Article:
Seventh Son has always been one of my favorite books. I waited for a very long time for an unabridged audio version. I was a little worried that it ..Show More »wouldn't live up to my high expectations, but the cast more than delivered. All the readers are so very talented. My only complaint is that Rev. Thrower sometimes lapses in and out of his Scottish accent, but it happens at appropriate enough times.
Seventh Son is creative storytelling at its very best. As an "alternate history" of America, you can't beat this book for color and charm. The characters are thoroughly believable and sympathetic.
Frontiersy magic-stories might be a departure for Card fans who are used to his sci-fi works, but give Seventh Son and its sequels a try anyhow. Card comes through with his usual brilliant characterization, real dialogue, and perfectly paced plot.
Red Prophet is the second book in Orson Scott Card’s THE TALES OF ALVIN MAKER, an alternate history set in a fro..Show More »ntier America in which folk magic is real. In the first book, Seventh Son, we were introduced to the main protagonist of the series, Alvin Miller who, because he’s the seventh son of a seventh son, is a gifted healer. We meet Alvin as a baby and follow him into boyhood. At the end of the story he has a vision of a shining man who gives him moral guidance.
In Red Prophet we learn that the shining man is Lolla-Wossiky, an alternate version of Tenskwatawa, spiritual leader of the Native American Shawnee tribe. His brother Tecumseh is their chief. While Card focused on the religious implications of a magical American frontier in the first book, the focus here is on the interaction between the “Whites” and the “Reds” and culminates with The Battle of Tippecanoe.
At the beginning of the story, William Henry Harrison, governor of Carthage City, is dealing with the Native Americans his own way — with poison. He purchases huge quantities of whiskey and sells it to the “Whiskey Reds.” Because they have a low tolerance for alcohol (it’s genetic), they become alcoholics and many die. Andrew Jackson is disgusted with Harrison’s sneaky tactics; he wants to do the more honorable thing and just shoot them all.
Tecumseh, who realizes that alcohol is killing his people and knows of Jackson’s plans, decides to lead his people against the Whites. He allies with the French in Canada, led by the effete Marquis de Lafayette and Napoleon Bonaparte (yes, Napoleon’s in America). Lafayette, however, has his own agenda. He secretly loves the idea of democracy and he admires the American spirit. He wants to use Bonaparte to bring democracy to France. (This storyline is amusing, especially when read by the narrators I listened to in Blackstone Audio’s version.)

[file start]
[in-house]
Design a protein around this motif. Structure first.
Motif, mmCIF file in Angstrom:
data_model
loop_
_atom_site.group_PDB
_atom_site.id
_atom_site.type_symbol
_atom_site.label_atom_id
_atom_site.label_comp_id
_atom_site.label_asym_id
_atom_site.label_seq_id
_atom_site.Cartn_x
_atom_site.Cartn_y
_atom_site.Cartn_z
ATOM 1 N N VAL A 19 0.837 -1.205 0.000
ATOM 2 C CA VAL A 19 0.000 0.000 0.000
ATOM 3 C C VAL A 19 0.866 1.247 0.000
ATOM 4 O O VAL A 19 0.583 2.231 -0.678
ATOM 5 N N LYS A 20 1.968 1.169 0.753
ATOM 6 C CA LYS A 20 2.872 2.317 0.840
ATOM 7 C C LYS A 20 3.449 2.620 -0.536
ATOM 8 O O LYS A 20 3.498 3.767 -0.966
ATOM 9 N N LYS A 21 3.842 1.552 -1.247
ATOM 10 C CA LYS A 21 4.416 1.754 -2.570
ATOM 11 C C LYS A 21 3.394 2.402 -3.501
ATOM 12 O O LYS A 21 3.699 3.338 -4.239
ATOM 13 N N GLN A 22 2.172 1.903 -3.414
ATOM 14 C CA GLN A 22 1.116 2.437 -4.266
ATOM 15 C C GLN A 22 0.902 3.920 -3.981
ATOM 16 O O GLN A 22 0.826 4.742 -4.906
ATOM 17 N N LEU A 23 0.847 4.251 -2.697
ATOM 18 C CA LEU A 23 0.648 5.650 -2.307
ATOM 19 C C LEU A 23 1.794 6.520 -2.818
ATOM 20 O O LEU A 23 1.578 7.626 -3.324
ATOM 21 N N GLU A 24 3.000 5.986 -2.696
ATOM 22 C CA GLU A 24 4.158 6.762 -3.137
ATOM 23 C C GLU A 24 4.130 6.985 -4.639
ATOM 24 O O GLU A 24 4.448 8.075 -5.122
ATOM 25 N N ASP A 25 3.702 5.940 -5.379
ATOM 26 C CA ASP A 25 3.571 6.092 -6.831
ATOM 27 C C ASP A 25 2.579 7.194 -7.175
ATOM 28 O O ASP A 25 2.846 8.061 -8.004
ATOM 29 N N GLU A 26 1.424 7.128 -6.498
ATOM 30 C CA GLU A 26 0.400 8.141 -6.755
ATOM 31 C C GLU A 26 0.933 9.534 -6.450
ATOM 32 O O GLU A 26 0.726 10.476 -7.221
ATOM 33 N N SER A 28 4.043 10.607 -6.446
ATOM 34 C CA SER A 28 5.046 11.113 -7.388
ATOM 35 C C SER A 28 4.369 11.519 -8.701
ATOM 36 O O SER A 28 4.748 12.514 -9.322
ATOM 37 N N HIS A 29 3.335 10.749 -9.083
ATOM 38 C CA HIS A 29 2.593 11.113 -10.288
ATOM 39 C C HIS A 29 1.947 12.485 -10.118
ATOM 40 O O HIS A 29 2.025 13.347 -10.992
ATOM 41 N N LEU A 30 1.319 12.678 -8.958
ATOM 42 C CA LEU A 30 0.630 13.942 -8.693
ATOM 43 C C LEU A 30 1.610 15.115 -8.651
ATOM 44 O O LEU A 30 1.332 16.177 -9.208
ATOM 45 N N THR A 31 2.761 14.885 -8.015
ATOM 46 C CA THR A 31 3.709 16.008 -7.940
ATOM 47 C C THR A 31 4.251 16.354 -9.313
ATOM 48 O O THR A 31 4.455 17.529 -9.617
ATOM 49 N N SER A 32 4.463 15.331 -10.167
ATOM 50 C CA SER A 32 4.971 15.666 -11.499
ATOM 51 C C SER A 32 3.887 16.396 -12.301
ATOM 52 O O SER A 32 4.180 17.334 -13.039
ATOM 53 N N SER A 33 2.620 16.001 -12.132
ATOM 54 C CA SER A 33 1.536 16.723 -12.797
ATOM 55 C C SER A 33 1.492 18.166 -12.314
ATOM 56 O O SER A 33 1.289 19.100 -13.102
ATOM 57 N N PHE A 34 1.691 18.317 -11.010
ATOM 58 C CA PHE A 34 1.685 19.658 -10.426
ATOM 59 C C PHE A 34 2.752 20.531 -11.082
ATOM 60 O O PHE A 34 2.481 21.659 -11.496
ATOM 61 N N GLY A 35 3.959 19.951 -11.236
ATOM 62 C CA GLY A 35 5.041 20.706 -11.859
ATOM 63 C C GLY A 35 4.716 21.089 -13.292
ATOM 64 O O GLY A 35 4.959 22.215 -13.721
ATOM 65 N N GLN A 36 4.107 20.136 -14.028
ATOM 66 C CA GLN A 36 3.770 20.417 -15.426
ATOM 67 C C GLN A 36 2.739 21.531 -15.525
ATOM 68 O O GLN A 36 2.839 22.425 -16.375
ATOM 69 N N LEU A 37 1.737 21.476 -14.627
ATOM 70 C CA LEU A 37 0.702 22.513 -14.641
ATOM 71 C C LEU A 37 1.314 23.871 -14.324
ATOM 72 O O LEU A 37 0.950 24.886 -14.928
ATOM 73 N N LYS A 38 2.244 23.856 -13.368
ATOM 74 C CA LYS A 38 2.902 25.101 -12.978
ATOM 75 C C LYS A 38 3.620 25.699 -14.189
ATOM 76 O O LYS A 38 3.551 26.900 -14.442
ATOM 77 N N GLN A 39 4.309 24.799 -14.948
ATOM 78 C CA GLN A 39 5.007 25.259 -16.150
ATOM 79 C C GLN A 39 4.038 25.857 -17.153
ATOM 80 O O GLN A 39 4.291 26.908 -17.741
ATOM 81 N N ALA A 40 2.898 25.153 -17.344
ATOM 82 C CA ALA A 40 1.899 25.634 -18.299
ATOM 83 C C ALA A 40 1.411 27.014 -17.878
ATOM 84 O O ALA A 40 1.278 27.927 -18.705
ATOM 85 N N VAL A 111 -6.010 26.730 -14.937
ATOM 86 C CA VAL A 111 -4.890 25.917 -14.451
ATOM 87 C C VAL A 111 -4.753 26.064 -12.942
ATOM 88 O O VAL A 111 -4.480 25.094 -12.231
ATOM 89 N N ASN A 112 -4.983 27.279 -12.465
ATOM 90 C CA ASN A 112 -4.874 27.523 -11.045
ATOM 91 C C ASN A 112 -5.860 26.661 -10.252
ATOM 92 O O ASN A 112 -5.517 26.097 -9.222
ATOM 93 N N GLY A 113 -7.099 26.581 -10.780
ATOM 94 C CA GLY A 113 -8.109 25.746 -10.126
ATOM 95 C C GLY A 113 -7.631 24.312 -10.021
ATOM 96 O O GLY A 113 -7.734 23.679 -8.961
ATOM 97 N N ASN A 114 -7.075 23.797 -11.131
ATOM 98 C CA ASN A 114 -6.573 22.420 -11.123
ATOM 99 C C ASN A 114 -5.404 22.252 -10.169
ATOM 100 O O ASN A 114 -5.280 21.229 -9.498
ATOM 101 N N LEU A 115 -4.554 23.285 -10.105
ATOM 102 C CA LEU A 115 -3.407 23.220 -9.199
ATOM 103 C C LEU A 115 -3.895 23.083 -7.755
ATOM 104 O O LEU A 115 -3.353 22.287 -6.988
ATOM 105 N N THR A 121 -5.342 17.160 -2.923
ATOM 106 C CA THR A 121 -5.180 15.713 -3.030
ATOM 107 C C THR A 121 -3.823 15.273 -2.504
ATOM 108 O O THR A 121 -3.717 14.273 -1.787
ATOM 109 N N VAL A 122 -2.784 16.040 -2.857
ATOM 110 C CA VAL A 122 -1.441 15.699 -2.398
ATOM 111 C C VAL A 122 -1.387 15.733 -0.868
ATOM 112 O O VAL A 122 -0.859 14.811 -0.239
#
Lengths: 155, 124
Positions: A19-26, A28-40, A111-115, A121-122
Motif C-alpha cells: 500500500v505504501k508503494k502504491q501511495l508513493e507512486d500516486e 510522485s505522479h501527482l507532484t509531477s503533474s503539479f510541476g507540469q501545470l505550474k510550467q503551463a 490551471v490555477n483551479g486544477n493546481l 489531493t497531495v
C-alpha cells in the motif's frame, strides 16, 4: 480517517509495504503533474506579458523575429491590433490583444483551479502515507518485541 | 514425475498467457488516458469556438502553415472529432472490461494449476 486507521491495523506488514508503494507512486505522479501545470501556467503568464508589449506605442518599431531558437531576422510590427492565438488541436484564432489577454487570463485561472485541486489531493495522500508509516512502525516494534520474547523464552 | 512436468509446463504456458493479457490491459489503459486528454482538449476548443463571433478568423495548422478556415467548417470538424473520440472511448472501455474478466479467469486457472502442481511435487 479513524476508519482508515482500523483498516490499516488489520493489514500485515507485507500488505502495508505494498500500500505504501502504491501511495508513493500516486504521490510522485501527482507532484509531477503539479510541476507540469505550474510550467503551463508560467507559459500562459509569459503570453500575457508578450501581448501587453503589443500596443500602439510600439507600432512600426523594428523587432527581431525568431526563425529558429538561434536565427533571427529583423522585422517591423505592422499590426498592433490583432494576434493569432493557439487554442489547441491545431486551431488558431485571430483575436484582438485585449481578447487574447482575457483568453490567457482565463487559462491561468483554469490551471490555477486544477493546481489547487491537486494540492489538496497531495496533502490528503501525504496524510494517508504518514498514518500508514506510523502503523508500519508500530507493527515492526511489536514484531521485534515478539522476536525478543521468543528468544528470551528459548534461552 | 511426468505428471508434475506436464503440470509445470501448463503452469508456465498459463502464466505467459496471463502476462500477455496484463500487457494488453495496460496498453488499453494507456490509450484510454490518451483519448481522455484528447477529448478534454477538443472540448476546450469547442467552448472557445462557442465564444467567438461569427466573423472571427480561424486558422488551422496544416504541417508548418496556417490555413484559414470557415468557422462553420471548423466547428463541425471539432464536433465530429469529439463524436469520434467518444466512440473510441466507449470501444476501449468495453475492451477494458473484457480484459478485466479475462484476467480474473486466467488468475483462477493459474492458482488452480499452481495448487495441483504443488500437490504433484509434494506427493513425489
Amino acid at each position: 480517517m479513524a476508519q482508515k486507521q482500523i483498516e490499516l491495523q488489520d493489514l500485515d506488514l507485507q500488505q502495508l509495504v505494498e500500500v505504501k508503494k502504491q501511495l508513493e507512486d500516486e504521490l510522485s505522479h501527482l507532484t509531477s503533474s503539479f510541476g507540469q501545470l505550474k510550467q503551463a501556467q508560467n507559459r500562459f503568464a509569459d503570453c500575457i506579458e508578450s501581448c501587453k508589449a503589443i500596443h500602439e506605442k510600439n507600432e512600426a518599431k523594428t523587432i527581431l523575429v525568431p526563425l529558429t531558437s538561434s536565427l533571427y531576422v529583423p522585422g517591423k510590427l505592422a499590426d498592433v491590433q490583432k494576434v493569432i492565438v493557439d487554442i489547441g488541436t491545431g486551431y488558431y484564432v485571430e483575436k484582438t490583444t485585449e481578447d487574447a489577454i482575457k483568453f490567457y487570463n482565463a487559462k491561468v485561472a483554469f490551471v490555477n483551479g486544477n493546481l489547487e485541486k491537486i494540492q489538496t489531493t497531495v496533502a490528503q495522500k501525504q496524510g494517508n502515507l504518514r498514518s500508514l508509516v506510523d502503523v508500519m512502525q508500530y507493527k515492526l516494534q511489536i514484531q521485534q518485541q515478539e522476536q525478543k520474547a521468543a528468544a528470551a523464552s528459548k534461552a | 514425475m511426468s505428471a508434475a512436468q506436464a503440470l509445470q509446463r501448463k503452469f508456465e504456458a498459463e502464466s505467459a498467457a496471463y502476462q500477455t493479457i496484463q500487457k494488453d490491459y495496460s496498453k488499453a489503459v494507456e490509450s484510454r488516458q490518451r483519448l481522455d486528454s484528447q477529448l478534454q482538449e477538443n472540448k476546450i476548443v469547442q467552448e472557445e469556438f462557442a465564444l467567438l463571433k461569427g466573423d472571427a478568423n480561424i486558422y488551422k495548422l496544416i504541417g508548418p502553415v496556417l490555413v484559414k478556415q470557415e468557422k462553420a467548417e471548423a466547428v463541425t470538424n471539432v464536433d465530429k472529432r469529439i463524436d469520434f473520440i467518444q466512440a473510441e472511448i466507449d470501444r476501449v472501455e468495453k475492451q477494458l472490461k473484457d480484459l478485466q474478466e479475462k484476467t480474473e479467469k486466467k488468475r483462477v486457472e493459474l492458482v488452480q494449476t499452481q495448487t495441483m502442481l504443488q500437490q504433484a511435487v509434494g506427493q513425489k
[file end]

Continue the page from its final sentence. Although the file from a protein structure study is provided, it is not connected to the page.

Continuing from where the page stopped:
Alvin Maker, who is on his way to his apprenticeship, meets Tecumseh and becomes involved with the war. Not only is he instrumental in affecting the outcome of The Battle of Tippecanoe but, with the help of Lolla-Wossiky, the Red Prophet, he sees visions of possible futures and learns more about his powers.
Orson Scott Card is a great storyteller and he’s got a big imagination. This alternate history is exciting, entertaining, thoughtful, and occasionally humorous. I thought Card’s depiction of the Native Americans’ magical connection with the land was beautiful and makes for a lovely American mythology. Many “Whites” who read Red Prophet will feel ashamed at how the Native Americans were treated by our ancestors. Some readers have accused Card of being racist (anti-European), but I didn’t feel this way and I noted that Card gives us many Caucasians to admire and shows us that not all “Red-White” interactions where destructive.
Orson Scott Card is particularly good at voice, dialogue, and character nuance. His heroes are capable of doing evil and his villains can have good motives. Characters don’t always do what we expect them to and there are times when we might even change our minds about how we feel about them. I look forward to seeing these characters grow throughout the series.
I’m listening to Blackstone Audio’s productions of THE TALES OF ALVIN MAKER which is performed, in alternating chapters, by Stefan Rudnicki, Scott Brick, and Stephen Hoye. All three of them are excellent readers. I’ve already purchased book three, Prentice Alvin, and book four, Alvin Journeyman, on audio.
Red Prophet, first published in 1988, was nominated for a Nebula and Hugo award. It won the Locus Award for Best Fantasy Novel.
Story is a little slower then the first two books but has some big character building moments for Alvin. Card does a good job of letting the reader/li..Show More »stener learn with Alvin and see that he dosen't know everything right from the get go. He helps paint him as more then just a normal straight laced hero type character he makes some bad calls and even spiteful ones but they really help develop the character.
I've listened to this book (actually the whole series) multiple times. Card is a great writer and the voices are awesome. The Alvin Maker series is on..Show More »e great series worth listening to over and over.
Having read all the books in this series, and loved each one, I have to say that this one, although written and narrated just as well as the others, l..Show More »eaves me with wanting more. There is too much unanswered for this to be the last book in the series. The narrators were exceptional, and I dearly loved the Christian overtones, which made one think about their own moral code. I was so happy to find a series that left out the usual 'hooks' of sex, blood, gut and gore.
I could not put down this series, buying them when I ran out of credits. Bravo Orson Scott Card!!!